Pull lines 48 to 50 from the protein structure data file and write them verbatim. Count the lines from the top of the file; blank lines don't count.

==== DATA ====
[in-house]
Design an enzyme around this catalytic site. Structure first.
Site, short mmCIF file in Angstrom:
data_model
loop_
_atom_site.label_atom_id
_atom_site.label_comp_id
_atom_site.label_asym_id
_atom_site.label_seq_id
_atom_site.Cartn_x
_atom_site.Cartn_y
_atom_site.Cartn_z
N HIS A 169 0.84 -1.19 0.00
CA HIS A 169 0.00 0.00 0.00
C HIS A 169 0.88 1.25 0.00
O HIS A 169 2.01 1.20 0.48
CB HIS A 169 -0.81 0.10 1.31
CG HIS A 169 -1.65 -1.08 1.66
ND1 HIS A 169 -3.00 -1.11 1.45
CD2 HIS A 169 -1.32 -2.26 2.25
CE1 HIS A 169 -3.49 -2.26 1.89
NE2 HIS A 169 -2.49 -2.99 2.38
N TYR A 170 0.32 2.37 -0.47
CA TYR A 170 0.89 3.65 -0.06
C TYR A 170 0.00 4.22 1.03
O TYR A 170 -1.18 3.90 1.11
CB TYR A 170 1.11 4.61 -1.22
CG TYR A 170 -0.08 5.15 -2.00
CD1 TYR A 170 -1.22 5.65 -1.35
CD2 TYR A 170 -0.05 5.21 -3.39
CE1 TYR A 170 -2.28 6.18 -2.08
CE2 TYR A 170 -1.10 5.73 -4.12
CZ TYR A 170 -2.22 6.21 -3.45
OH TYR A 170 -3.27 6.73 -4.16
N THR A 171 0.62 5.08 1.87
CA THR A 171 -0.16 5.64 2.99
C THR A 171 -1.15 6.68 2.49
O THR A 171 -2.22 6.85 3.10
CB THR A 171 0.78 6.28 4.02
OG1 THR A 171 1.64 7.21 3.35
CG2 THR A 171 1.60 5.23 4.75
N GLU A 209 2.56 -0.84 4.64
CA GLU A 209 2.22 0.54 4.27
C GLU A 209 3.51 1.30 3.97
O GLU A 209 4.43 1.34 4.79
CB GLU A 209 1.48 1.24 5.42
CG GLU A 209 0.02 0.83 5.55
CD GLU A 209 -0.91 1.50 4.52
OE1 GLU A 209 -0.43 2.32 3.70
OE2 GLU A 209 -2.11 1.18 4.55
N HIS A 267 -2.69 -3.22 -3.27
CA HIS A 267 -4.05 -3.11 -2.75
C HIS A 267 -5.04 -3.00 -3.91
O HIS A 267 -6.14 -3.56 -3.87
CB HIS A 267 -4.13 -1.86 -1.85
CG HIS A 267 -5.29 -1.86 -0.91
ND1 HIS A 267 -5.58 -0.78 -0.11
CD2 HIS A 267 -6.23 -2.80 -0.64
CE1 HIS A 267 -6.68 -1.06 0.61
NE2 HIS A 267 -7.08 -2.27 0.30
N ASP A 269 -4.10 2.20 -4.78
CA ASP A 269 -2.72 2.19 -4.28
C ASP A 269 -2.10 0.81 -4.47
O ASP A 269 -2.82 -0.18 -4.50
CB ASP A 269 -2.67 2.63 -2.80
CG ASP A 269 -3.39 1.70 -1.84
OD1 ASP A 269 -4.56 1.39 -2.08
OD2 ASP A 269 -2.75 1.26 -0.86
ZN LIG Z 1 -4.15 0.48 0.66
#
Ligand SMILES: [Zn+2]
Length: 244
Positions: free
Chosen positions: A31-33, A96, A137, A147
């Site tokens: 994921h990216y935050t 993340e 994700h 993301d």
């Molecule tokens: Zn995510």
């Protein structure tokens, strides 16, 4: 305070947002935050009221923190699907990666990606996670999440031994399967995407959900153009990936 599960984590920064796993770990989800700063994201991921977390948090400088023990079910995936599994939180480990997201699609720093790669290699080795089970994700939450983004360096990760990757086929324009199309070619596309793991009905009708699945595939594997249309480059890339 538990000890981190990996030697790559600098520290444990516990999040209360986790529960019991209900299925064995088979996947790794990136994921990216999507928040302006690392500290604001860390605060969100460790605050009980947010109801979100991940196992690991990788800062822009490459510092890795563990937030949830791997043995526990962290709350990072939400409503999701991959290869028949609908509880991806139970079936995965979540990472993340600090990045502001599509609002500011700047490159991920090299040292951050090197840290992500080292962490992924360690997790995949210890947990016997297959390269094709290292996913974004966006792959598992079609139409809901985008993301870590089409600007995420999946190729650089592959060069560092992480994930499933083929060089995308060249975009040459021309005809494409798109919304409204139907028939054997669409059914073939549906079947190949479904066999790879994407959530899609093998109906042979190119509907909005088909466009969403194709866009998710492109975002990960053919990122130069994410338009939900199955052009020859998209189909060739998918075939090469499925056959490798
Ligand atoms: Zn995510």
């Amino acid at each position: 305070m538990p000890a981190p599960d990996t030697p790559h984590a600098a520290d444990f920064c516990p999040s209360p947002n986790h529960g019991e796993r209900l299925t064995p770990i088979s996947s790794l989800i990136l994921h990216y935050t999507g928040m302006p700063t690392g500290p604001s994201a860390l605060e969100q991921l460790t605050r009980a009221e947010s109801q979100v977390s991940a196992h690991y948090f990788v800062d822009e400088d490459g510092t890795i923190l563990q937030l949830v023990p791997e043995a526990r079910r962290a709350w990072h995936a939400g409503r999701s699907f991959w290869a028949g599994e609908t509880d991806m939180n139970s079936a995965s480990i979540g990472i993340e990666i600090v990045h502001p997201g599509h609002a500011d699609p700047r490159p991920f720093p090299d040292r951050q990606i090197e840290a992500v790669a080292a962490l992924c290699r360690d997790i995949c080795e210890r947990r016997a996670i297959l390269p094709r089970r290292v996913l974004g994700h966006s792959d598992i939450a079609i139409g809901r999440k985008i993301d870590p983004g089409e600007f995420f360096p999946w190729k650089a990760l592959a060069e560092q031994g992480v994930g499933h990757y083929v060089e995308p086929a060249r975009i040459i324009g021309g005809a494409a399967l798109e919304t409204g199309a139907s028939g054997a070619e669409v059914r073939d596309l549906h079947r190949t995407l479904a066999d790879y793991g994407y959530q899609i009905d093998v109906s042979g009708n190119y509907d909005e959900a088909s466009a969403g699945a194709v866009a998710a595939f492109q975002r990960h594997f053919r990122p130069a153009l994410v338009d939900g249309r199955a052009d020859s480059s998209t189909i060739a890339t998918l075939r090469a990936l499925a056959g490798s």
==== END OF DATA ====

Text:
CD GLU A 209 -0.91 1.50 4.52
OE1 GLU A 209 -0.43 2.32 3.70
OE2 GLU A 209 -2.11 1.18 4.55